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Stay tuned for upcoming developments at the Washington offices of the Hudson Institute.

Chester E. Finn Jr., who served as an assistant secretary in the U.S. Department of Education under President Reagan and is now a scholar at the conservative think tank, has also taken the helm of a little-known foundation he says will focus almost exclusively on K-12 reform issues.

Formally based in Mr. Finn's hometown of Dayton, Ohio, the Thomas B. Fordham Foundation was founded in 1960 with the help of Mr. Finn's father, a Dayton lawyer. Mr. Fordham was a prominent Dayton businessman who died in 1944. When his widow, Thelma Fordham Pruett, died last year, her bequest significantly increased the foundation's assets.

Mr. Finn declined last week to reveal the amount of the gift, but said it will allow the foundation to focus its efforts on education reform nationally and in Dayton.

"This is definitely becoming a foundation with a philosophy and a proactive stance," Mr. Finn said in an interview.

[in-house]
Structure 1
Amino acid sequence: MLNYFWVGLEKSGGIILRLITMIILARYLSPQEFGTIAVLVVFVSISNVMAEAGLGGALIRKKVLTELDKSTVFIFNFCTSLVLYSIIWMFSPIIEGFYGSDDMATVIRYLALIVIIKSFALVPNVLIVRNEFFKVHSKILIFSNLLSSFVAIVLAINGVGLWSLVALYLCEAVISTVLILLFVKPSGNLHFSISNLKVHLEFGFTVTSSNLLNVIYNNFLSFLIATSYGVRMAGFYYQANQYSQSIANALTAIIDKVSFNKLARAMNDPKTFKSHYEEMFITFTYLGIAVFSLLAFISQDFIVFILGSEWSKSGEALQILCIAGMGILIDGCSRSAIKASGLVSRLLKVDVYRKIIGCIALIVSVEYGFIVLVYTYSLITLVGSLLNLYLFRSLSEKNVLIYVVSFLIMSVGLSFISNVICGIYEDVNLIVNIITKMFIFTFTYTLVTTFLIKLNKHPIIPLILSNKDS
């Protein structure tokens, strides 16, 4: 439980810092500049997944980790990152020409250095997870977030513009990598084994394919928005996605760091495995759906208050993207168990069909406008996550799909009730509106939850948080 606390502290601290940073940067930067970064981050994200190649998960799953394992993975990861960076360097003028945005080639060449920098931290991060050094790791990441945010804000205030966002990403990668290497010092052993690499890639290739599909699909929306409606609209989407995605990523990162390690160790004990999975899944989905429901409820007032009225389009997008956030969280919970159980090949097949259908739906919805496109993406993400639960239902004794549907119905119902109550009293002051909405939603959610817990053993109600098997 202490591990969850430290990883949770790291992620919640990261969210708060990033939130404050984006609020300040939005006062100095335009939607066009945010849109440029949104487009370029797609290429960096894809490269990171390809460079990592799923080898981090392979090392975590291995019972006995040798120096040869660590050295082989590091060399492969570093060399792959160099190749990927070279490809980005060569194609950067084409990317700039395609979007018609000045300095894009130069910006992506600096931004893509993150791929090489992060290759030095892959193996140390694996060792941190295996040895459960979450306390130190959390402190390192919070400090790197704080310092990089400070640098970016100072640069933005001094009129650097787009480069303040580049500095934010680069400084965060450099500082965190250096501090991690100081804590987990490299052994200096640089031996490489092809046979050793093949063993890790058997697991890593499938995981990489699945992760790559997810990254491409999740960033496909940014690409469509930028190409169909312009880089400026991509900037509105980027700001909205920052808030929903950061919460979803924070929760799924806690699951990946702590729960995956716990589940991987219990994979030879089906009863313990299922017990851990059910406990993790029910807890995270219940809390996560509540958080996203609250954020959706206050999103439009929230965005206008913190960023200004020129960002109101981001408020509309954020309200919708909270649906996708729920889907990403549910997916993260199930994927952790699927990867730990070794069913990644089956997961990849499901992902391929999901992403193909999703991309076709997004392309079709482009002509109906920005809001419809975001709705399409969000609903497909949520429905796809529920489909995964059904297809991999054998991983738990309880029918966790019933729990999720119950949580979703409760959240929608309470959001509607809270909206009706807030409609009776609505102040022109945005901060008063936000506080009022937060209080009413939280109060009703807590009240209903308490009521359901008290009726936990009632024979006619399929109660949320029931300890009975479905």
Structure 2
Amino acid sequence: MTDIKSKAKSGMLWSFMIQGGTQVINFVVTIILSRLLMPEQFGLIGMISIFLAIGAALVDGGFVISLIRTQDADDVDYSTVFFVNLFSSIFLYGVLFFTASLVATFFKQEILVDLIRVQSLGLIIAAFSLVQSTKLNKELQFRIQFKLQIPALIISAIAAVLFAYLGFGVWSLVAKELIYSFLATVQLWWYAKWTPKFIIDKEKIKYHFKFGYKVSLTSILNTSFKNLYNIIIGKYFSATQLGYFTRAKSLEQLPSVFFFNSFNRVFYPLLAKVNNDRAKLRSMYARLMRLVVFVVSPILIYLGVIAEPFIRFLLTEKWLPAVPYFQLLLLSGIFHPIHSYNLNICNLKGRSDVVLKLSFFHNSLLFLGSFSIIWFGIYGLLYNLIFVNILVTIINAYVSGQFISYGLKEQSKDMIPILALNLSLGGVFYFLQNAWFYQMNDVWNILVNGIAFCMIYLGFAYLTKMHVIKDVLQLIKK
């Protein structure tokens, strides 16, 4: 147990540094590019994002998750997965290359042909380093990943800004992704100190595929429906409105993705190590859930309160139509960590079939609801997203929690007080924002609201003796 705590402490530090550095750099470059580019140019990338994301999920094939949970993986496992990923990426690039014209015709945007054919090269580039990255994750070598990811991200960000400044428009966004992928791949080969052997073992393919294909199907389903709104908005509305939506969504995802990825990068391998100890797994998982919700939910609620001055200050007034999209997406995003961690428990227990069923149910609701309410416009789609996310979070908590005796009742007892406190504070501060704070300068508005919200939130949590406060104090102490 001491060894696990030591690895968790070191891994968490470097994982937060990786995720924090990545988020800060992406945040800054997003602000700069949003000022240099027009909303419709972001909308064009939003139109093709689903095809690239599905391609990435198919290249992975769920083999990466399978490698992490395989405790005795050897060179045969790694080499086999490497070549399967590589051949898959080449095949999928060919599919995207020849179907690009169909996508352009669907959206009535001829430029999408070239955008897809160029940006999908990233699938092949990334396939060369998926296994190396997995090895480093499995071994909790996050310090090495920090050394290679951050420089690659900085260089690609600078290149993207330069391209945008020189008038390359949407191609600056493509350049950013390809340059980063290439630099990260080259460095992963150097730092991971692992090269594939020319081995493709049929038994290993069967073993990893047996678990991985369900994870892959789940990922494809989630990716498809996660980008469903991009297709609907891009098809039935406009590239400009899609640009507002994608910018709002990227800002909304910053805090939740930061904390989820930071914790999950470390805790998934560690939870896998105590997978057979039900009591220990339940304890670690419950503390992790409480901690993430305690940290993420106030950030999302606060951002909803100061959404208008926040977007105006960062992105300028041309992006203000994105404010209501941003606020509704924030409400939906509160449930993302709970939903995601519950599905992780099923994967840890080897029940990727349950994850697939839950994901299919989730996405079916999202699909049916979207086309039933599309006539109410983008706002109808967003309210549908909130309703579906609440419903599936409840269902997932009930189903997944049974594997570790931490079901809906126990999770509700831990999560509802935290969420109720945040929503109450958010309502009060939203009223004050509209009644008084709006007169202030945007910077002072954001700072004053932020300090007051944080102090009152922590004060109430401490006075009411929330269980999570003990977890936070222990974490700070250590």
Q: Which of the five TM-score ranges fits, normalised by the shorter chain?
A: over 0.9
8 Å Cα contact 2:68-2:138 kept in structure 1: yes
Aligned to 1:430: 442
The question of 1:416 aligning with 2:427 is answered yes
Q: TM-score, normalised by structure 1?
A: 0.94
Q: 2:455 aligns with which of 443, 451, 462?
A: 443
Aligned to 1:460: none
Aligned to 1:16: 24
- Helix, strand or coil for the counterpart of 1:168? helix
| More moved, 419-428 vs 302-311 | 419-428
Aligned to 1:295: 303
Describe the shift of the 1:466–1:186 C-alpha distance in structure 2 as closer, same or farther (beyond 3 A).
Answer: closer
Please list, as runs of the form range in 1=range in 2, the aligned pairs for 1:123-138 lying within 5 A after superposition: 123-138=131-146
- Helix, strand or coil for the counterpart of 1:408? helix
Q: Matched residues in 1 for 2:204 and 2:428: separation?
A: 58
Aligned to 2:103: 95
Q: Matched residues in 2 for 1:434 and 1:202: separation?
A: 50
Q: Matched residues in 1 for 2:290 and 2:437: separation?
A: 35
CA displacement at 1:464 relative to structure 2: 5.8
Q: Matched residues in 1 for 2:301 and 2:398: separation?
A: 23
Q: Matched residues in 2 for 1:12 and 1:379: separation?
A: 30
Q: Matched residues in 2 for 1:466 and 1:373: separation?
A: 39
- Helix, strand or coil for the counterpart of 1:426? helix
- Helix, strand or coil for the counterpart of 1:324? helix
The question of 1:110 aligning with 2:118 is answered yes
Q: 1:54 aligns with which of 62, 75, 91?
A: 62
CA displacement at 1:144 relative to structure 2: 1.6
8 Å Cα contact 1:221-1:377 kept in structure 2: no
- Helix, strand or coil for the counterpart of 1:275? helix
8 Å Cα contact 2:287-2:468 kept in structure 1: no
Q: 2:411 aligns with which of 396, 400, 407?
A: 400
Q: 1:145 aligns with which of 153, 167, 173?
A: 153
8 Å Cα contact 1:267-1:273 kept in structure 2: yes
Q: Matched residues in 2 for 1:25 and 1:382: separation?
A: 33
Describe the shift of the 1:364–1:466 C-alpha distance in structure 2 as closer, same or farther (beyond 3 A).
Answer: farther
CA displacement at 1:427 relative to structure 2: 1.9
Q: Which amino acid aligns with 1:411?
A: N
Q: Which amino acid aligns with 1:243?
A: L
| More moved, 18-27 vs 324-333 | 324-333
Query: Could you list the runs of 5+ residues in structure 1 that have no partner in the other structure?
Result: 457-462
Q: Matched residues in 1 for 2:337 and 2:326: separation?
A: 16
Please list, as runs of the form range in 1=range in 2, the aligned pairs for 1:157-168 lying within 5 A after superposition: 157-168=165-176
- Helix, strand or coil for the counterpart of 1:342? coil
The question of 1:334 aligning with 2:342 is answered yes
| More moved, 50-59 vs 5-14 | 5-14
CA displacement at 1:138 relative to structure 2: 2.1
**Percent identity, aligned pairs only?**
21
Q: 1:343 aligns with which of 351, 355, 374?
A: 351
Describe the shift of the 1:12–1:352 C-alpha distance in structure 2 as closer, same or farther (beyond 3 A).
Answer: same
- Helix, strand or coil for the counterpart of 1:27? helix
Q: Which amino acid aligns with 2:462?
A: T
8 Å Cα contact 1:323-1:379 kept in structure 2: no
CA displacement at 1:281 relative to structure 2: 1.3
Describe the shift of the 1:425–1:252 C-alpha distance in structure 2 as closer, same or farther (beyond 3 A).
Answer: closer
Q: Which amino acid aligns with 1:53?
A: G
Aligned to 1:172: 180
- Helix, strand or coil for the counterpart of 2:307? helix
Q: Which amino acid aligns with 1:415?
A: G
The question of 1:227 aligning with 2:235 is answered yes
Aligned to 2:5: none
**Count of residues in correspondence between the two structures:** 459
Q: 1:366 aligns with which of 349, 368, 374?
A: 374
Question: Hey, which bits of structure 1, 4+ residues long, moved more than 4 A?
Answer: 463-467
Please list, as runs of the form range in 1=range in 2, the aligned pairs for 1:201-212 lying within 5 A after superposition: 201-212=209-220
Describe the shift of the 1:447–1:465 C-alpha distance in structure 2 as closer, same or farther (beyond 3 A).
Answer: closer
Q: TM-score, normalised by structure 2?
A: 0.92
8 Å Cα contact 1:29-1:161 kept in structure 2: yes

The Fordham Foundation already has taken over partial responsibility for running the Hudson Institute-based Educational Excellence Network, which Mr. Finn co-directs with education scholar Diane Ravitch.

The Fordham Foundation has relocated to the Hudson Institute's Washington office. Mr. Finn will continue to work at the institute while also serving as Fordham's president and chief executive officer.

Mr. Finn said he's been engaged in meetings in Dayton in recent weeks to help determine what kinds of projects the foundation should focus on. He said he expects the foundation to draft white papers on the direction it intends to take.

Asked if Fordham intended to encourage or offer a voucher program in the Dayton area, he said, "It's actually premature to talk about any projects."

An announcement on the Educational Excellence Network's Web site said the foundation's work would be guided by several principles, including educational diversity, competition, and choice.

The reinvigorated foundation won't accept unsolicited grant applications, Mr. Finn stressed.

In the years before Mr. Finn took the helm, the foundation made relatively small gifts, mostly to Dayton-area charities. A financial report filed with the state of Ohio showed that the foundation gave about $82,350 last year.

--JEFF ARCHER [email protected]

Vol. 16, Issue 15

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